Shimano is facing a class-action lawsuit following its recall of up to 2.8 million cranksets globally over delamination issues, which affect its Hollowtech II 11-speed Ultegra and Dura-Ace bonded items.
The action was filed in the USA and names Specialized and Trek as defendants as well as Shimano.
One allegation within the 72-page action is that Shimano was aware of issues with the cranksets as early as 2016 or before – it cites the example of a rider who took his broken crank to a local bike shop, which called Shimano and was told it was already aware of the problem.
The document goes on to provide numerous other examples of defective cranksets and their coverage in the media.
"Even though Shimano has finally acknowledged the widespread issue, it is working hard to limit the cost of fixing the issue at the expense of consumers," wrote Steven Jodlowski, partner at DiCello Levitt in the court papers.
Trek and Specialized are named in the action for having sold bicycles equipped with the offending chainsets. The lawsuit cites Trek, Specialized and Shimano's "pervasive marketing messages" convincing buyers they were "purchasing a safe and dependable bicycle".
Jodlowski pointed out that bikes with chainsets that had not yet shown signs of delamination were not having their chainsets replaced as standard.
"This leaves [the buyer] in the unenviable position of either paying out of pocket for a new crankset or continuing to ride a dangerous bicycle while he waits on the crankset to break and potentially cause a crash and personal injury," wrote Jodlowski of both examples.
The recall began on 21 September when Shimano issued a recall of 760,000 of the chainsets in the USA and Canada, after reports of more than 4,000 of the items separating and sometimes causing injury.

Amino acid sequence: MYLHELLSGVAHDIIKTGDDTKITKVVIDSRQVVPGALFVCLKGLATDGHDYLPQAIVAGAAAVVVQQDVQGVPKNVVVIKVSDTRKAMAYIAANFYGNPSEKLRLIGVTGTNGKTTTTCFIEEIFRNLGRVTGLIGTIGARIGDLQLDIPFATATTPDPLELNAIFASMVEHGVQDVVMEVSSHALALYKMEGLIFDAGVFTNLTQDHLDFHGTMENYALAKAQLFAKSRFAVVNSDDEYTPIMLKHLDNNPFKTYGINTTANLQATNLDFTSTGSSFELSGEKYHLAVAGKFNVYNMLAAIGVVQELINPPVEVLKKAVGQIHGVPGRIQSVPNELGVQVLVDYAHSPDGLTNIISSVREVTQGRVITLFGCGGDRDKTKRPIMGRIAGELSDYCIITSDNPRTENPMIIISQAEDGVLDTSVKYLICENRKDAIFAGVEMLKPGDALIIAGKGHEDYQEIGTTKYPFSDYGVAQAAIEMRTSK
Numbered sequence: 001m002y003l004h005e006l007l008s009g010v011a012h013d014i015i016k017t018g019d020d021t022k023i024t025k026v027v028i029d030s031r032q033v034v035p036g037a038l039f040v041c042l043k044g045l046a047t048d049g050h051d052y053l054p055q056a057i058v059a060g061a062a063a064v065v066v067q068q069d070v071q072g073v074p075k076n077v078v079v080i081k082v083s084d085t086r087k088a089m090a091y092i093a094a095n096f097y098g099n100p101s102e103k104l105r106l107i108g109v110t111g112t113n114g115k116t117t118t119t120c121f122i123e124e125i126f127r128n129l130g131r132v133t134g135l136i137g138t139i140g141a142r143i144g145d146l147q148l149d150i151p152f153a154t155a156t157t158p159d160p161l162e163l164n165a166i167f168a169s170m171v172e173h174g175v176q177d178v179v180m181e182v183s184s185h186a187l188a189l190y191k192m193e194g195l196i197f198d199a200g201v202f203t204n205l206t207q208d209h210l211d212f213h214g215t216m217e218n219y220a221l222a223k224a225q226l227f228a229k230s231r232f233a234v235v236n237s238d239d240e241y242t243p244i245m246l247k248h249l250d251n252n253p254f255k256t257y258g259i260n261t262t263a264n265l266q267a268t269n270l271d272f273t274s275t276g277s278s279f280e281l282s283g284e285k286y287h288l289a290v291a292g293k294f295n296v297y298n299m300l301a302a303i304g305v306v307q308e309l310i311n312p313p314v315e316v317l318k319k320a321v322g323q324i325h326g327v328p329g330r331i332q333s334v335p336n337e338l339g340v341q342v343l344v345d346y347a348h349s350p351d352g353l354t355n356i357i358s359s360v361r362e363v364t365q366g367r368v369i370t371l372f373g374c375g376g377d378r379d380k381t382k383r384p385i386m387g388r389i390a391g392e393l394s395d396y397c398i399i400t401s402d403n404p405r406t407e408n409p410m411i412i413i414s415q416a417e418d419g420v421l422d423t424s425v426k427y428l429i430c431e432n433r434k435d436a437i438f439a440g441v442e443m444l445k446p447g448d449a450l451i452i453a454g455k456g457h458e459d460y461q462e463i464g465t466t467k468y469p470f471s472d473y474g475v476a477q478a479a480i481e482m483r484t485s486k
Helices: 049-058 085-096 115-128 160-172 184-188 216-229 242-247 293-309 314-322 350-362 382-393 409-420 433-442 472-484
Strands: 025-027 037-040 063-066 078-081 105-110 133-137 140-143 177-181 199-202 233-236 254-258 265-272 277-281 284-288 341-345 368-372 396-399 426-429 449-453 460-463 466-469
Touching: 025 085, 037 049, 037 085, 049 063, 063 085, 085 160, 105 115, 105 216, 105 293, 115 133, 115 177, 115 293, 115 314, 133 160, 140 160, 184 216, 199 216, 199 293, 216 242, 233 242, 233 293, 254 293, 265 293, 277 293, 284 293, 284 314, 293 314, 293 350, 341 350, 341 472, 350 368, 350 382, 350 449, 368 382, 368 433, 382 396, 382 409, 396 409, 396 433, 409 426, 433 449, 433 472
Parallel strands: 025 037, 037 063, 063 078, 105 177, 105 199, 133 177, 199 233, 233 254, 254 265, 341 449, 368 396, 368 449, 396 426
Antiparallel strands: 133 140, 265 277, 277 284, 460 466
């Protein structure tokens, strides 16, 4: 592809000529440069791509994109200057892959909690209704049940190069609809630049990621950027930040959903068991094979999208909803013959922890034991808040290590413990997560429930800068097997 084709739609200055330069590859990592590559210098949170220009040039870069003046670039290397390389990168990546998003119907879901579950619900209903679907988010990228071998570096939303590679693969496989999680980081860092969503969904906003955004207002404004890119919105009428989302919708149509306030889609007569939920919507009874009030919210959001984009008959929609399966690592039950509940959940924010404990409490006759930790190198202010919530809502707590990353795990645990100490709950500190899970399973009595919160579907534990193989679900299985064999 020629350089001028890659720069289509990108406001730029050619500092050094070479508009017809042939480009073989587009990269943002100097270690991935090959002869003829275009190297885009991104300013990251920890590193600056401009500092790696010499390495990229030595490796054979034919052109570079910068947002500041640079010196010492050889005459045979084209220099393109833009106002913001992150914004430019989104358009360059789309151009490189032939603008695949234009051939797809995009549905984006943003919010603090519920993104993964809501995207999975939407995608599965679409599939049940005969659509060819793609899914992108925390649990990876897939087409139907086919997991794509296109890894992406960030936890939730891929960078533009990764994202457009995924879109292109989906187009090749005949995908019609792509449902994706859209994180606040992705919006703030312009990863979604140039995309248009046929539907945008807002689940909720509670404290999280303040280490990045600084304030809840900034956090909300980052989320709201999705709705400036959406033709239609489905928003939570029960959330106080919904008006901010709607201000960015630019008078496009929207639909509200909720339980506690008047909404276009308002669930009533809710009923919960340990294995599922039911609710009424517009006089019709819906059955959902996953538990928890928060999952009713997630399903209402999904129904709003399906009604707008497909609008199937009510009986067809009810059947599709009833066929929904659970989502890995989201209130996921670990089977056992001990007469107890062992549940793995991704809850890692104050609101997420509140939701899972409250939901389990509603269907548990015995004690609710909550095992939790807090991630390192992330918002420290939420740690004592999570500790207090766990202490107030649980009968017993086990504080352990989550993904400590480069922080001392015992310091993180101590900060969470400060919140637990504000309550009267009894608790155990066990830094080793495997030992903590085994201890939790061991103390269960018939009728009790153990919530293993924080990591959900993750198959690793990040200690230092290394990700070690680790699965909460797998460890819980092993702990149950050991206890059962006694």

In the UK and Europe the Japanese brand also started a inspection programme and pledged to replace damaged cranksets. The chainsets posed "potential fall and injury hazards to consumers," Shimano said.
The issue concerns Ultegra 6800 and 8000, and Dura-Ace 9000, R9100 and R9100-P chainsets made between 1 June 2012 and 30 June 2019, though Shimano said it expected "only a very small percentage of these cranksets will need to be replaced".
Each chainset is printed with a two letter code on the inside of the crank arm next to the pedal thread – you'll find the full list of these codes at the end of this story.
Shimano's 105 chainsets are not affected by the recall, because they are manufactured in a cold-forged process. No 10-speed or 12-speed components are affected either.
Owners of affected cranks are advised to take them to a bike shop, which will inspect the items.
"This inspection is designed to determine whether the crank arms show a possible bonding separation issue…" Shimano says, adding that it will replace any items that fail the inspection.
Product liability specialist Thomas Jervis at Leigh Day solicitors told Cycling Weekly it represented "a very unusual approach to corrective action", when considering the nature of the potential failure, which has led to documented examples of injury including lacerations and fractures.
"Either all affected products are defective because they share the same design characteristics which could lead to catastrophic failure, or they do not," he said.
Affected crank codes
Owners should check whether their crank arms are stamped with the following codes: KF, KG, KH, KI, KJ, KK, KL, LA, LB, LC, LD, LE, LF, LG, LH, LI, LJ, LK, LL, MA, MB, MC, MD, ME, MF, MG, MH, MI, MJ, MK, ML, NA, NB, NC, ND, NE, NF, NG, NH, NI, NJ, NK, NL, OA, OB, OC, OD, OE, OF, OG, OH, OI, OJ, OK, OL, PA, PB, PC, PD, PE, PF, PG, PH, PI, PJ, PK, PL, QA, QB, QC, QD, QE, QF, QG, QH, QI, QJ, QK, QL, RA, RB, RC, RD, RE, and RF.
More information can be found at bike.shimano.com.
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